The Dravidian languages are a language family spoken by 220 million people, mainly in southern India and northern Sri Lanka, with pockets elsewhere in South Asia. Since the colonial era, there have been small but significant immigrant communities outside South Asia in Mauritius, Hong Kong, Singapore, Malaysia, Indonesia, Philippines, Britain, Australia, France, Canada, Germany and the United ...
The most commonly spoken Dravidian languages are Telugu (తెలుగు), Tamil (தமிழ்), Kannada (ಕನ್ನಡ), Malayalam (മലയാളം), Brahui (براہوئی), Tulu (ತುಳು), Gondi and Coorg.
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Dravidian languages From Simple English Wikipedia, the free encyclopedia The Dravidian languages are a language family spoken by Dravidian peoples. The languages are mainly spoken in South India, western Bangladesh, northern Sri Lanka and southern Pakistan.
Proto-South Dravidian is the linguistic reconstruction of the common ancestor of the south Dravidian languages. Its descendents are Proto-Tamil-Kannada and Proto-Koraga. It has been estimated that Proto-South Dravidian existed until the beginning of the 7 th century BCE.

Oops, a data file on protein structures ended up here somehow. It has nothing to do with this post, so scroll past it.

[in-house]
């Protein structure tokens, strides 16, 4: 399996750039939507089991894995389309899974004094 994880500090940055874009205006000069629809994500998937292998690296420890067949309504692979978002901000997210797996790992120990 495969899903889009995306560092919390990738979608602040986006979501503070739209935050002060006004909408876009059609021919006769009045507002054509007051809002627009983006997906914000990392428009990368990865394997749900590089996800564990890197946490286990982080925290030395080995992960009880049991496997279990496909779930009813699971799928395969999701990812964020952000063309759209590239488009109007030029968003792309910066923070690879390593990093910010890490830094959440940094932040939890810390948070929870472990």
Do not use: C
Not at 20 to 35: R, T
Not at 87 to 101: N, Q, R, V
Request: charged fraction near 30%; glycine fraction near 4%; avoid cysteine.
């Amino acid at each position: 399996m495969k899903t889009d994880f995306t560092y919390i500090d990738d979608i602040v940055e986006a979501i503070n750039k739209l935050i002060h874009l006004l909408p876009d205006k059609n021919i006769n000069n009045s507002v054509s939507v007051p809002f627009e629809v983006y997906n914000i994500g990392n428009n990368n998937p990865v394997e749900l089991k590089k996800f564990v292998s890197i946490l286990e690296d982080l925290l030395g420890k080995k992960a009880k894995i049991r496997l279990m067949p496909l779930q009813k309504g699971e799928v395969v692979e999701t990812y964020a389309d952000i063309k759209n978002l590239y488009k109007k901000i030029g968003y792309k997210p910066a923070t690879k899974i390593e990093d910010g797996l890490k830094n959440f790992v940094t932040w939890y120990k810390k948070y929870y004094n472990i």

The language was first described and classified by indologist Kamil Zvelebil, who in 1955 showed that the Irula language is an independent Southern Dravidian language that is akin to Tamil, particularly Old Tamil, with some Kannada-like features. Before that, it was traditionally denied or put to doubt, and Irula was described as a crude or ...
The Dravidian family of languages includes approximately 73 languages that are mainly spoken in southern India and northeastern Sri Lanka, as well as certain areas in Pakistan, Nepal, Bangladesh, and eastern and central India, as well as in parts of southern Afghanistan, and overseas in other countries such as the United Kingdom, United States, Canada, Malaysia and Singapore.
Tamil–Kannada is an inner branch (Zvelebil 1990:56) of the Southern Dravidian I (SDr I) subfamily of the Dravidian languages that include Tamil, Kannada and Malayalam. (There have been slight differences in the way Dravidian languages are grouped by various Dravidian linguists : See Subrahmanyam 1983, Zvelebil 1990, Krishnamurthi 2003).
Tamil belongs to the southern branch of the Dravidian languages, a family of around 26 languages native to the Indian subcontinent. It is also classified as being part of a Tamil language family that, alongside Tamil proper, includes the languages of about 35 ethno-linguistic groups such as the Irula and Yerukula languages (see SIL Ethnologue).
The majority of the people in South India speak at least one of the four major Dravidian languages: Telugu, Tamil, Kannada, and Malayalam. Some states and union territories also recognize a minority language: such as Urdu in Telangana, French in Puducherry, and Bengali in Andaman and Nicobar Islands. Tulu is the next most spoken Dravidian language.